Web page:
Section 7: A Disciplined Approach to Agile Transformations
This chapter works through fundamental strategies for initiating and running an agile transformation program within your organization. We show how strategies such as training, coaching, leadership and management support, a Lean Change approach, and many more strategies can be applied effectively.
Section 8: From Transformation to Continuous Improvement
The true strategy is to become a learning organization. This chapter works through continuous improvement strategies and shows how your organization can become self-sufficient on your learning journey.
Section 9: In Conclusion
Just a quick wrap up of the book and a few important observations for you to consider.
Who Should Read It
We’ve written this book for three groups of people:
1. Business leaders
This book provides a vision for the organizations behaviors required to succeed in today’s marketplace. Although a significant focus is on IT, we must also streamline business operations, governance, procurement, human resources (HR), and other aspects of your organization to be competitive.
2. IT leaders
For these people, this book answers fundamental questions such as: How can we streamline all of IT? How does it all fit together? How can agile and lean strategies be applied to all aspects of IT, not just software development? How do we deal with other complexities such as compliance, vendor management, budgeting, and offshoring? How can we improve each aspect of IT in parallel yet still collaborate effectively?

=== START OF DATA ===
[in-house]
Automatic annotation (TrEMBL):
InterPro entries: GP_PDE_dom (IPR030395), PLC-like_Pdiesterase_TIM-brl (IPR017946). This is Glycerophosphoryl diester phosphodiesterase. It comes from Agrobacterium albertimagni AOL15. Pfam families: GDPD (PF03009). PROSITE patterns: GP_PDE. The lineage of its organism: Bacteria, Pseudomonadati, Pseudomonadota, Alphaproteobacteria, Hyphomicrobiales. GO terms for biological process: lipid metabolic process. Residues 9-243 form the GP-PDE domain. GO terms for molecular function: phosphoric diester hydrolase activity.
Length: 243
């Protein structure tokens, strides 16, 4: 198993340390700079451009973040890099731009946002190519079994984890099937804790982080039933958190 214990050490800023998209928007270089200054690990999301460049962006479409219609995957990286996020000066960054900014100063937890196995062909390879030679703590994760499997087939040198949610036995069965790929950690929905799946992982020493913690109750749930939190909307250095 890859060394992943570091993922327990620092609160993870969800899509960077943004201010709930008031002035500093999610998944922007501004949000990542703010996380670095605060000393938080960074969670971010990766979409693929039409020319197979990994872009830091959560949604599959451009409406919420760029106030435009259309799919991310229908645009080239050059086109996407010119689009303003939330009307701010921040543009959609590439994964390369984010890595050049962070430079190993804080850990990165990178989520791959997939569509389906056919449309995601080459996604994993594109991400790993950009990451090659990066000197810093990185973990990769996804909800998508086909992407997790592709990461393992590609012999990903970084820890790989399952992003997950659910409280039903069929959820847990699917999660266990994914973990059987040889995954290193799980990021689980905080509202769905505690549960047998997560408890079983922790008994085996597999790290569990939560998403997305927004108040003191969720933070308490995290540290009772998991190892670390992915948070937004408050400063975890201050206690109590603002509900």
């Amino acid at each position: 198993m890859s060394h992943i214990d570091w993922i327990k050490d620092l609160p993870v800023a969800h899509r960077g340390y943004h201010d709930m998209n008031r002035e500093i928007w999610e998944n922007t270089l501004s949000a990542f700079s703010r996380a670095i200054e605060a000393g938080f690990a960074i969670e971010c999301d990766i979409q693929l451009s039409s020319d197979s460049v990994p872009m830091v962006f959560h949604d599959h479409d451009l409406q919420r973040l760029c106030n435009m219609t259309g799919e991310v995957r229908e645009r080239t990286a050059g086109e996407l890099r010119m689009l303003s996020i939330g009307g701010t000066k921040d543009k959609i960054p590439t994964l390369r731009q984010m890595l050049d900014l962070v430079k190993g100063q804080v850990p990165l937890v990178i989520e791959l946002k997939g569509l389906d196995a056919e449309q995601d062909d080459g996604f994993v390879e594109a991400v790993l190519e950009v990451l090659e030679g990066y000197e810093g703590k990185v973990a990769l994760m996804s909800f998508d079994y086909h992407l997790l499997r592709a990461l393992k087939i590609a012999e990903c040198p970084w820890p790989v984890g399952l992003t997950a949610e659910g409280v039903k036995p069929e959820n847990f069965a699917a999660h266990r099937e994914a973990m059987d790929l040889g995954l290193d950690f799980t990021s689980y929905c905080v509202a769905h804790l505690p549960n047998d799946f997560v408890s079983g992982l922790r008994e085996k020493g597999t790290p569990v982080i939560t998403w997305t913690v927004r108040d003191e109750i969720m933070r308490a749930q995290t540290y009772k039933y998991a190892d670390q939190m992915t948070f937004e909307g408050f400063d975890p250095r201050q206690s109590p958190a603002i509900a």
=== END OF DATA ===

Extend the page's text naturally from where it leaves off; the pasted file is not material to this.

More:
3. Big-picture agilists
This is anyone with the desire to understand how agile truly works in enterprise-class settings, who recognize that we need to look beyond agile software development if we’re going to succeed in today’s marketplace.
This book is for people with the courage to look at the bigger picture, because frankly the big picture tends to be very ugly in practice. It’s for people willing to consider all aspects of their organization and who realize that IT is a key enabler of business agility. It’s for people who realize that context counts, that everyone faces a unique situation and will be agile in their own unique way, that one process does not fit all. It’s for people who realize that, although they are in a unique situation, others have faced similar situations before and have figured out a variety of strategies that you can adopt and tailor – you can reuse the process learnings of others and thereby invest your energies into adding critical business value to your organization.